How Harry Truman Crossed His Own State Department to Recognize Israel in 1948

In the moments leading up to Israel’s independence, America’s diplomats did everything they could to stop the process, and the president, cold.

President Harry Truman and Defense Secretary George C. Marshall in 1951. Getty.

President Harry Truman and Defense Secretary George C. Marshall in 1951. Getty.

Response
April 16 2018
About the author

Efraim Karsh is director of the Begin-Sadat Center for Strategic Studies at Bar-Ilan University, emeritus professor of Middle East and Mediterranean Studies at King’s College London, and editor of the Middle East Quarterly. He is the author most recently of The Tail Wags the Dog: International Politics and the Middle East (Bloomsbury, 2015).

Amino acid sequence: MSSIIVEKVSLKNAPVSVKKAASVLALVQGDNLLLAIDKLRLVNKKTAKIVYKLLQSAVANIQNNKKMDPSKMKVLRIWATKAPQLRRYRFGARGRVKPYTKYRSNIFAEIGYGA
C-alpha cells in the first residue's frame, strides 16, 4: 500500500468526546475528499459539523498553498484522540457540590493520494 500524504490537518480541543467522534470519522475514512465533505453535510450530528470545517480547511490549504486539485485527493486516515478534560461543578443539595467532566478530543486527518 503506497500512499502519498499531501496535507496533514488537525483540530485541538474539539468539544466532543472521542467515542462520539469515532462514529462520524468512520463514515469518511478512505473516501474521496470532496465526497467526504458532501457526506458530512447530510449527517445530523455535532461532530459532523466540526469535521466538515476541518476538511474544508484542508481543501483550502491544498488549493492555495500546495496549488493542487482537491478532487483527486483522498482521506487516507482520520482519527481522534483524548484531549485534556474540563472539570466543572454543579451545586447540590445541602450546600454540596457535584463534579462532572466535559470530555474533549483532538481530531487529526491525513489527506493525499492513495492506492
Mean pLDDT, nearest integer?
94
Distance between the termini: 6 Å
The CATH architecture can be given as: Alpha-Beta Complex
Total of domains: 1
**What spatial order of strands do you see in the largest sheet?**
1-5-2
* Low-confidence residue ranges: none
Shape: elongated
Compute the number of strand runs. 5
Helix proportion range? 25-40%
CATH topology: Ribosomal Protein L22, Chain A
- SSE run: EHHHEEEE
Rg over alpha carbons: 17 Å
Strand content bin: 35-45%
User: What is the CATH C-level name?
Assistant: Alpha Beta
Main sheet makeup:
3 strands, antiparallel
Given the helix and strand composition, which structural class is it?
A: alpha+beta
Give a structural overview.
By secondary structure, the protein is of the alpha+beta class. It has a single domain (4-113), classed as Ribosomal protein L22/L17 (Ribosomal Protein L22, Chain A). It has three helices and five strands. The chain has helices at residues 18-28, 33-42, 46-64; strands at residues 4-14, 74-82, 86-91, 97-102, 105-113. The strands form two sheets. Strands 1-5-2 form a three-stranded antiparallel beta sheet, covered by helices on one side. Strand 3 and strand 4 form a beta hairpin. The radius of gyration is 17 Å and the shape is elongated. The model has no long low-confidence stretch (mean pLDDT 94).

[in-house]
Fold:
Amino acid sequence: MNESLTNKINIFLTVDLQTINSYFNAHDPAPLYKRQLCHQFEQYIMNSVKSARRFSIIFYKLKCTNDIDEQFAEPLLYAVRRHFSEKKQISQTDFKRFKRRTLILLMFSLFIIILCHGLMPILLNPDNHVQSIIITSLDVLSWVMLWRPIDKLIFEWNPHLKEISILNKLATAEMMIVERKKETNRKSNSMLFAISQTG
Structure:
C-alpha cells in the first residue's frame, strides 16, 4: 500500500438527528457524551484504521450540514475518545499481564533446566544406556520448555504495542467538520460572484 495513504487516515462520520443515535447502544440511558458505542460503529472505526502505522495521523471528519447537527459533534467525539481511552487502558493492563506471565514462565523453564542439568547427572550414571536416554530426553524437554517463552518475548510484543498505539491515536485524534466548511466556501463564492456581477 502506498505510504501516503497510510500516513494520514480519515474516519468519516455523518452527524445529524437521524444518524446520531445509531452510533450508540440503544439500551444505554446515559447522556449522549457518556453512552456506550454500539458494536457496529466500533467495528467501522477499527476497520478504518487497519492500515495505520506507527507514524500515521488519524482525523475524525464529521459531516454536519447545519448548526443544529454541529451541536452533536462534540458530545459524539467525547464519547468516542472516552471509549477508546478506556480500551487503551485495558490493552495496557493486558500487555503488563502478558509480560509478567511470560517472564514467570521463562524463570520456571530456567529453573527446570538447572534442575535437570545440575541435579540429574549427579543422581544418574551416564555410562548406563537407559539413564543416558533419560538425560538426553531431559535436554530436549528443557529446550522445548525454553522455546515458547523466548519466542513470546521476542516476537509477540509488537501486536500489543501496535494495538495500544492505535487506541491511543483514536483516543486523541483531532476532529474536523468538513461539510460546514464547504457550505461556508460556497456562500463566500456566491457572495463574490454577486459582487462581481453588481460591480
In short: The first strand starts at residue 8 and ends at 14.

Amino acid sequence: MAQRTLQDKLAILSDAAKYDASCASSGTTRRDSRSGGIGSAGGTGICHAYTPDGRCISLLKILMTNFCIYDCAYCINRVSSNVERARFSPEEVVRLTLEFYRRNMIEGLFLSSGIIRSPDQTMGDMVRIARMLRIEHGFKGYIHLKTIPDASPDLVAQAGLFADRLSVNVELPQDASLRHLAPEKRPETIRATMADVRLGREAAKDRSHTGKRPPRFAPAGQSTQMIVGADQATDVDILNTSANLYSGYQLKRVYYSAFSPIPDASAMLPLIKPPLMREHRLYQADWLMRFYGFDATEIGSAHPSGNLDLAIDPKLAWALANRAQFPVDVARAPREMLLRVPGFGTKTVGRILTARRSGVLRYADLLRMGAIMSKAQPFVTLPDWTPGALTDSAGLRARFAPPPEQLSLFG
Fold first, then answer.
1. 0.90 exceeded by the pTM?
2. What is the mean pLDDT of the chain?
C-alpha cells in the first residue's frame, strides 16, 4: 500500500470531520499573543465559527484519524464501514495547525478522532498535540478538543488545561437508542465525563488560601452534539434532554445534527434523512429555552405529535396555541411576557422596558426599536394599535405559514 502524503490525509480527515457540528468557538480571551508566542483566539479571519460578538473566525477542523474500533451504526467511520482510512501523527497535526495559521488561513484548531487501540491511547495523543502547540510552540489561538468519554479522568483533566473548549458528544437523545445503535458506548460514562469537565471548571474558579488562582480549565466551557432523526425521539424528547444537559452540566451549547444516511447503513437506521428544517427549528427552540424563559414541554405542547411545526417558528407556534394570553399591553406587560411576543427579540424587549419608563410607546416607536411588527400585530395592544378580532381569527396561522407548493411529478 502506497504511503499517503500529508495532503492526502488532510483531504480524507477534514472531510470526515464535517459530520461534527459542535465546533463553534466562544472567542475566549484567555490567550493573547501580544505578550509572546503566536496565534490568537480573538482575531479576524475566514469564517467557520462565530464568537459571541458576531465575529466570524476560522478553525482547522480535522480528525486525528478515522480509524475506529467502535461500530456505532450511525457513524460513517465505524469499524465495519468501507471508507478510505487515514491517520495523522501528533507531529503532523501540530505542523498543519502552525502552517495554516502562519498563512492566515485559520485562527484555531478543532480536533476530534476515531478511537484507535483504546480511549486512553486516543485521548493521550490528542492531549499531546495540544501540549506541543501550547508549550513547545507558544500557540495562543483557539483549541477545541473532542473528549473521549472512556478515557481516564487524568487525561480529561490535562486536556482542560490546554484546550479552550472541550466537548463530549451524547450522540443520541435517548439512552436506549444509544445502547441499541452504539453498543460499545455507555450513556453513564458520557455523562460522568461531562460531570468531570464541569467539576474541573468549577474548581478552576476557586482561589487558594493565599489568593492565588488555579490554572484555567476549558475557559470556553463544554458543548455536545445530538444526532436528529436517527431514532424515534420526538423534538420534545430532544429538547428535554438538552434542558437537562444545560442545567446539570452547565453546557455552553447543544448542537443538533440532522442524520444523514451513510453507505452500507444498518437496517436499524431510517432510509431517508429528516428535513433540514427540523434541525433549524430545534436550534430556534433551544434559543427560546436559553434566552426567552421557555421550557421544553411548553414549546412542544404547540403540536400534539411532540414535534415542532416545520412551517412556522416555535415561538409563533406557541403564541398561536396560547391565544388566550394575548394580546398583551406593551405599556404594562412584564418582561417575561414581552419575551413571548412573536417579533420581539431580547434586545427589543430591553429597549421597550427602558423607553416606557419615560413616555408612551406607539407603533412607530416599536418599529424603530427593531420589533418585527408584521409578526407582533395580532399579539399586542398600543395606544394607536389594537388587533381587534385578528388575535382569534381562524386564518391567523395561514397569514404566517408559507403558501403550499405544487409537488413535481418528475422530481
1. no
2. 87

As Israel celebrates its 70th anniversary, Martin Kramer has shed fresh light on a key event in the days immediately preceding the proclamation of the state. This was the marathon meeting of the People’s Administration, soon to become the state’s provisional government, on May 12, 1948. Among the topics on the participants’ minds was the massive international campaign, led by the U.S. Department of State, to postpone any declaration of independence until such time as a UN-sponsored truce could pacify the situation in Palestine, where Arab anti-Jewish agitation was at a high pitch.

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More about: History & Ideas, Israel & Zionism, Israeli Declaration of Independence